Well, there is such a thing, but it’s not a substance. It’s been called “toxic stress.” For more than a decade, researchers have understood that frequent or continual stress on young children who lack adequate protection and support from adults, is strongly associated with increases in the risks of lifelong health and social problems, including all those listed above.

In the late 1990s, Vincent Felitti and Robert Anda conducted a landmark study that examined the effects of adverse childhood experiences (ACEs) — including abuse, neglect, domestic violence and family dysfunction — on 17,000 mainly white, predominately well-educated, middle class people in San Diego. They found a powerful connection between the level of adversity faced and the incidence of many health and social problems. They also discovered that ACEs were more common than they had expected. (About 40 percent of respondents reported two or more ACEs, and 25 percent reported three or more.) Since then, similar surveys have been conducted in several states, with consistent findings.

In the years since, advances in biology, neuroscience, epigenetics and other fields have shed light on the mechanisms behind this phenomenon. “What the science is telling us now is how experience gets into the brain as it’s developing its basic architecture and how it gets into the cardiovascular system and the immune system,” explains Jack P. Shonkoff, director of the Center on the Developing Child at Harvard University, where the term toxic stress was coined. “These insights provide an opportunity to think about new ways we might try to reduce the academic achievement gap and health disparities — and not just do the same old things.”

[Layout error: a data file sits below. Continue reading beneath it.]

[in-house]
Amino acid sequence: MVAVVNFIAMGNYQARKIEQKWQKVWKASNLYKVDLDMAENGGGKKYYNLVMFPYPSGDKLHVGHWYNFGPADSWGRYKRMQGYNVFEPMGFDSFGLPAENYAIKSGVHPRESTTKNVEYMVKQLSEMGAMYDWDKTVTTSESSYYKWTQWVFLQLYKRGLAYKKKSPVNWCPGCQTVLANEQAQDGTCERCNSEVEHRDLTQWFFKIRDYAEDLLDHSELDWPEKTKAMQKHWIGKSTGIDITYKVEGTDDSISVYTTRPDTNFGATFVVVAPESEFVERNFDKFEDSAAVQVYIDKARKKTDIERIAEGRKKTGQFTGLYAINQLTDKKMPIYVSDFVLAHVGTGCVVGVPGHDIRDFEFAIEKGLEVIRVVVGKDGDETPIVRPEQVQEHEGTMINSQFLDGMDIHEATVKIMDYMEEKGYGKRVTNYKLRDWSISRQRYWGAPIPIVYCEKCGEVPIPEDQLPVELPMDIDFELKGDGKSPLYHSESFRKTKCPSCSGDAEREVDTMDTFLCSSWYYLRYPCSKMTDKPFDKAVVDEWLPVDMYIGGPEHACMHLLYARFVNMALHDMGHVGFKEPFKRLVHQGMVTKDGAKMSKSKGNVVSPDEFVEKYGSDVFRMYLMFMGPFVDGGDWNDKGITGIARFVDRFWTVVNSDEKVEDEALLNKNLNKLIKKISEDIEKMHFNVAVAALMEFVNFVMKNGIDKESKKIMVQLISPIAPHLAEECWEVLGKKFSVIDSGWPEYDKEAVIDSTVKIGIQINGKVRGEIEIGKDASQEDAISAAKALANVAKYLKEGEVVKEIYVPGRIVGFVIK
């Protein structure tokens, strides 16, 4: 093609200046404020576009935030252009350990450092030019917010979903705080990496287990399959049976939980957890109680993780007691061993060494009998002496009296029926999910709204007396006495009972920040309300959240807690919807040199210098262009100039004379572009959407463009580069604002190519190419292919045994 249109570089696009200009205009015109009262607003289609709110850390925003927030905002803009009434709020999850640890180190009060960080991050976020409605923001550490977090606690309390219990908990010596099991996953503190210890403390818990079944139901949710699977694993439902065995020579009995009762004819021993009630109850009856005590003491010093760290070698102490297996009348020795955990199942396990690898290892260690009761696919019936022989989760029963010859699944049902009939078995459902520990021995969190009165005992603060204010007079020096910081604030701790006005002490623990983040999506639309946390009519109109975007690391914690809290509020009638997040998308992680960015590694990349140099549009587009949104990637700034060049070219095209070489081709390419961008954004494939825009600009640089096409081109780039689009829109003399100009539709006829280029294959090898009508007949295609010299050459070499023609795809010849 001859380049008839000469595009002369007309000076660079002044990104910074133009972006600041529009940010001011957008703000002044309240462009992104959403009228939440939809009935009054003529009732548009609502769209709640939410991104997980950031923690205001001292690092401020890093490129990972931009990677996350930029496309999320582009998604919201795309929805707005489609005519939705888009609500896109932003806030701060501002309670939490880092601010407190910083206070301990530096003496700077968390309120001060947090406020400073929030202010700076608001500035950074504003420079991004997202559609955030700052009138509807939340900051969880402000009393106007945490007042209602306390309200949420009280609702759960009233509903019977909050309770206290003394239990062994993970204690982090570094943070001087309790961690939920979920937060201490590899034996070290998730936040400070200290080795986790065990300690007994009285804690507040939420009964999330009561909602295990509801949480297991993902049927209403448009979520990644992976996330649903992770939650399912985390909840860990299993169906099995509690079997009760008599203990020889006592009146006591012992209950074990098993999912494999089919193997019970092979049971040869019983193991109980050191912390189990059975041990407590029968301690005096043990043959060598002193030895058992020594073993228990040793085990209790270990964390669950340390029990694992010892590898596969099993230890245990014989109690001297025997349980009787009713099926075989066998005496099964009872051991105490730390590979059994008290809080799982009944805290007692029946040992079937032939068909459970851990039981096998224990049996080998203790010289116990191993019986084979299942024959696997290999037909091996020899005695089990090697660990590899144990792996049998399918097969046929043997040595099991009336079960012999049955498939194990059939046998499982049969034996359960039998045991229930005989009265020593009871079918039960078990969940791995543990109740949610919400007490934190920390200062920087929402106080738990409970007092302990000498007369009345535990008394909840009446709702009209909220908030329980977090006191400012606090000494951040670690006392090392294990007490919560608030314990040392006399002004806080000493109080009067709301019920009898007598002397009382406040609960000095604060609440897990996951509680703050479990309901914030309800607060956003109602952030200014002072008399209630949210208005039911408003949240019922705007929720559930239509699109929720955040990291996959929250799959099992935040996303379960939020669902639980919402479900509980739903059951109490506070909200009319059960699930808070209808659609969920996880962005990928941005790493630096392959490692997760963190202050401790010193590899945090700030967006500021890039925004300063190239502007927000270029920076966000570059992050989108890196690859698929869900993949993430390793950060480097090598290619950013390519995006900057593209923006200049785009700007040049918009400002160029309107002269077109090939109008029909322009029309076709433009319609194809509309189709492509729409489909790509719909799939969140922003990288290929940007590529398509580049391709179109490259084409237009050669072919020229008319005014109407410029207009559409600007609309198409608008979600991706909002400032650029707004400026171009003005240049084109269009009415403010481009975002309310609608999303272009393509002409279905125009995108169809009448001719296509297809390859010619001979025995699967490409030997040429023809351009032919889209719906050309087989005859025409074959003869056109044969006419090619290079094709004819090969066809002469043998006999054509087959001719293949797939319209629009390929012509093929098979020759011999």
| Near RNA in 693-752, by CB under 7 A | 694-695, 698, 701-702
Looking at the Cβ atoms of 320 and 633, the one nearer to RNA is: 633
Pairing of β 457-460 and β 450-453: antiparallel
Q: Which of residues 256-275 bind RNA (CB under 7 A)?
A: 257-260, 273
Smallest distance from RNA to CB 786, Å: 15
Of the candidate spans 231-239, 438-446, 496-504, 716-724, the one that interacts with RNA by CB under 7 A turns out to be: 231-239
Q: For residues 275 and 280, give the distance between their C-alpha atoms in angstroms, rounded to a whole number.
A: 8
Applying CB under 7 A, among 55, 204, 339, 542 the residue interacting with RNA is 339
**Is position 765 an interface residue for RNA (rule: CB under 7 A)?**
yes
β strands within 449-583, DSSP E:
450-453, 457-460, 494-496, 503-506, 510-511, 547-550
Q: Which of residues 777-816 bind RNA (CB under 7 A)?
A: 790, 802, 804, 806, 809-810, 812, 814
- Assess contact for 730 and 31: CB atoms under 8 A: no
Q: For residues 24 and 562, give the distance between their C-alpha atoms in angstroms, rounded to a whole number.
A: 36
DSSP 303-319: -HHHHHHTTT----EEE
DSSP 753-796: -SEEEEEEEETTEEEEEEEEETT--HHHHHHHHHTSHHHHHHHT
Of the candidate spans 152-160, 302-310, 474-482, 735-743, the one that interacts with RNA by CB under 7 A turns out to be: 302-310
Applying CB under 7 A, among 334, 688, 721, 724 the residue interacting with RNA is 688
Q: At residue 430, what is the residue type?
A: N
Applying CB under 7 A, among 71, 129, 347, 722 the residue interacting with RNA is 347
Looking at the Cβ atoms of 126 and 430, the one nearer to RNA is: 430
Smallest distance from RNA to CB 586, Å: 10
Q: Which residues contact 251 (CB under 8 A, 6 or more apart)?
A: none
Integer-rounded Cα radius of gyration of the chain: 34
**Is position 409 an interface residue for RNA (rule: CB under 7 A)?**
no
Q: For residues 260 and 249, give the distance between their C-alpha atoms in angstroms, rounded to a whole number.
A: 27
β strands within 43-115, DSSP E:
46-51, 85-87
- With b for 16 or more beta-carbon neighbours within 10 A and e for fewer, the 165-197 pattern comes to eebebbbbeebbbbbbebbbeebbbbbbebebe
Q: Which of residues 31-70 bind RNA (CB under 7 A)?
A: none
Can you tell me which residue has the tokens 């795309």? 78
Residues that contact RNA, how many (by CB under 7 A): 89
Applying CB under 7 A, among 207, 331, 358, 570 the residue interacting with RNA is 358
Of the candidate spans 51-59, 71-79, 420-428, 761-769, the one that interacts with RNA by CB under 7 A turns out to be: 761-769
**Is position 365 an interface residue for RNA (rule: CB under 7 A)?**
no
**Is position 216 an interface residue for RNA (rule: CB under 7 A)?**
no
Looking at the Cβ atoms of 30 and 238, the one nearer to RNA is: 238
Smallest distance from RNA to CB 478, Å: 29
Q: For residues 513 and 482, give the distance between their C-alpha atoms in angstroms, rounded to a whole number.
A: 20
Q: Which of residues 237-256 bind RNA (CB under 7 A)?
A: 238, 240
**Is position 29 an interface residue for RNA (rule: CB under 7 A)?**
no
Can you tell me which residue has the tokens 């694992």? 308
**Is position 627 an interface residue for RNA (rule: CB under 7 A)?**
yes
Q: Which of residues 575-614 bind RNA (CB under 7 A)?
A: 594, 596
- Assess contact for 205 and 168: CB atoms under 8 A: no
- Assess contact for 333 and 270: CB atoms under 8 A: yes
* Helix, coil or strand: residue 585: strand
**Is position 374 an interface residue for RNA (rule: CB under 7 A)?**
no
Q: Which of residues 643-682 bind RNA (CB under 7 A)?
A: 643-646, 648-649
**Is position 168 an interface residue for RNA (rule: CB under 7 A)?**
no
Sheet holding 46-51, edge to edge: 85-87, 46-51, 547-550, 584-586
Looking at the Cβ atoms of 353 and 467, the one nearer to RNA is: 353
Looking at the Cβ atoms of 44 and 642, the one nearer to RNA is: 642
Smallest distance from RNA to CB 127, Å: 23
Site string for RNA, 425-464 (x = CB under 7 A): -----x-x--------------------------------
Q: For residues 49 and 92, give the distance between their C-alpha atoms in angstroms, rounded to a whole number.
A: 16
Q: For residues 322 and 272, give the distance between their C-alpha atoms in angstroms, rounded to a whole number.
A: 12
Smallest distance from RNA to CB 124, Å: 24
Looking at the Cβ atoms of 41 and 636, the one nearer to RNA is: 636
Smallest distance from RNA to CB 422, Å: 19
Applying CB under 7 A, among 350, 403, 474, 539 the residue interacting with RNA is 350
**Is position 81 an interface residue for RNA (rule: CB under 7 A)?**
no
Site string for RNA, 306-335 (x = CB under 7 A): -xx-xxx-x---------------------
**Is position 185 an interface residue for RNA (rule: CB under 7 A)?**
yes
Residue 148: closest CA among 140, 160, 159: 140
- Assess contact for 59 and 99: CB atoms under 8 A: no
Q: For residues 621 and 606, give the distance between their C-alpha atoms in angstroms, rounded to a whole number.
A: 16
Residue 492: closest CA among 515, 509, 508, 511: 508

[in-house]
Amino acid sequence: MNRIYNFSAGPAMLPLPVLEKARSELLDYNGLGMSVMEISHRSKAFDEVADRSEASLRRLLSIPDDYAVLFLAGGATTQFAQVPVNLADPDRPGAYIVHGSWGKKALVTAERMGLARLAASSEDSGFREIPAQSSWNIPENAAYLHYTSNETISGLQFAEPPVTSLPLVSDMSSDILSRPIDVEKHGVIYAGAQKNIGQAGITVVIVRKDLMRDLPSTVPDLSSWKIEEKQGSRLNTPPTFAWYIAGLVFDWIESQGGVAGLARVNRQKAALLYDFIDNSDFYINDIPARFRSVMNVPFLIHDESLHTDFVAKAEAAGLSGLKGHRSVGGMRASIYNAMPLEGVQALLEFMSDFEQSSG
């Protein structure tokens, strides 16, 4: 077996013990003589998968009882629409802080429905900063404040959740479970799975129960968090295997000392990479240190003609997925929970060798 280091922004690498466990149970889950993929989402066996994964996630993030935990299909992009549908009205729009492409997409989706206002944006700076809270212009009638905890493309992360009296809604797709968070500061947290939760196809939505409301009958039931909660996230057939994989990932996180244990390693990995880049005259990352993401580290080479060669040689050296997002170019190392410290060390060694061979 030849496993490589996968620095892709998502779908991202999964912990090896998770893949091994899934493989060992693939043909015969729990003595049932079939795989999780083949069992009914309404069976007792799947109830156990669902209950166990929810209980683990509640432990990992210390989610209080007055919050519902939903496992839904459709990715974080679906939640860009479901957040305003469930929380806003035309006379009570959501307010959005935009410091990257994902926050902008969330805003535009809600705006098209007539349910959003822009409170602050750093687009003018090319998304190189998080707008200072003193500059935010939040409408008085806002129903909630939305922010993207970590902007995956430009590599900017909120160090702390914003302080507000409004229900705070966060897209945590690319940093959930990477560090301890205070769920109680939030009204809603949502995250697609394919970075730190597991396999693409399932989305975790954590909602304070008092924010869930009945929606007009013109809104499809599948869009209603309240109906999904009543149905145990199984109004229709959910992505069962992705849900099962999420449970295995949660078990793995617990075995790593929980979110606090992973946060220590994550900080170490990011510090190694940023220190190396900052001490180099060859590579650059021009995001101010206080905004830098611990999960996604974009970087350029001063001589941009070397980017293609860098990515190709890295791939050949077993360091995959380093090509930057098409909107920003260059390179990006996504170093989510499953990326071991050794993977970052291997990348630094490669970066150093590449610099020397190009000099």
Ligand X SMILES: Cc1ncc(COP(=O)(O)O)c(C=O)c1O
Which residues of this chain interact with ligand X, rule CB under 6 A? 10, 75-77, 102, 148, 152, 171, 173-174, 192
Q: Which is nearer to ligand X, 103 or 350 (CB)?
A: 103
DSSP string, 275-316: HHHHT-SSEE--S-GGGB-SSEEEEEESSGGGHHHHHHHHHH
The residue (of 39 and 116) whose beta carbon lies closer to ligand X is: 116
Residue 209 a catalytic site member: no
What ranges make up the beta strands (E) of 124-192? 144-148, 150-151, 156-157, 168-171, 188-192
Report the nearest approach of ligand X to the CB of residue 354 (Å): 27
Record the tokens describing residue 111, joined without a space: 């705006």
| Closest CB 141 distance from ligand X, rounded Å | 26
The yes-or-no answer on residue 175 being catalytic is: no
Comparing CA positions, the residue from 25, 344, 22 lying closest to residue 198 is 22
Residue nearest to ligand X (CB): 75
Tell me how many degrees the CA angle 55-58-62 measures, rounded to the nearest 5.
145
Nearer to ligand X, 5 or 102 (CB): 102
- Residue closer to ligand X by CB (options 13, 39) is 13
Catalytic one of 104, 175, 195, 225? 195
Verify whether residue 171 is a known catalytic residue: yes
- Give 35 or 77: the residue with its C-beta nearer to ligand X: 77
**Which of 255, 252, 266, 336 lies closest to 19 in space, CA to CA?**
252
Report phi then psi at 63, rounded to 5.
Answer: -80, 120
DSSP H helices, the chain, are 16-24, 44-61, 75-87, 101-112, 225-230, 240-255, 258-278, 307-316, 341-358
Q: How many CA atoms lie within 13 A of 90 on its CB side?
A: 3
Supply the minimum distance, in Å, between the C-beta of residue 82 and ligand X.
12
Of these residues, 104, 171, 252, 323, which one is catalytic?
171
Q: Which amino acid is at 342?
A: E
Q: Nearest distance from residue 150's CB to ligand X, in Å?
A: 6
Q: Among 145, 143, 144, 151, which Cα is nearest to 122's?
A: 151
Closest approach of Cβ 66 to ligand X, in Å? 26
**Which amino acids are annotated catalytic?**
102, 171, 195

First, it’s important to note that toxic stress is not a determinant, but a risk factor. And while prevention is best, it’s never too late to mitigate its effects. It’s also critical to distinguish between “toxic stress” and normal stress. In the context of a reasonably safe environment where children have protective relationships with adults, Shonkoff explains, childhood stress is not a problem. In fact, it promotes healthy growth, coping skills and resilience. It becomes harmful when it is prolonged and when adults do not interact in ways that make children feel safe and emotionally connected.
This distinction is critical, because it opens the way to new opportunities to prevent a cascade of health problems. It is exceedingly difficult to alter the environments that produce major stress for families, particularly poverty. However, children can be shielded from the most damaging effects of stress if their parents are taught how to respond appropriately. “One thing that is highly protective is the quality of the relationship between the parent and the child,” explains Darcy Lowell, the founder of Child FIRST, a program based in Bridgeport, Conn., that has marshaled strong evidence demonstrating the ability to intervene early, at relatively low cost, to reduce the harm caused by childhood stress in extremely high-need families. “Early relationships, where adults are responsive and attentive, are able to buffer the damaging effects on the brain and body,” she says.....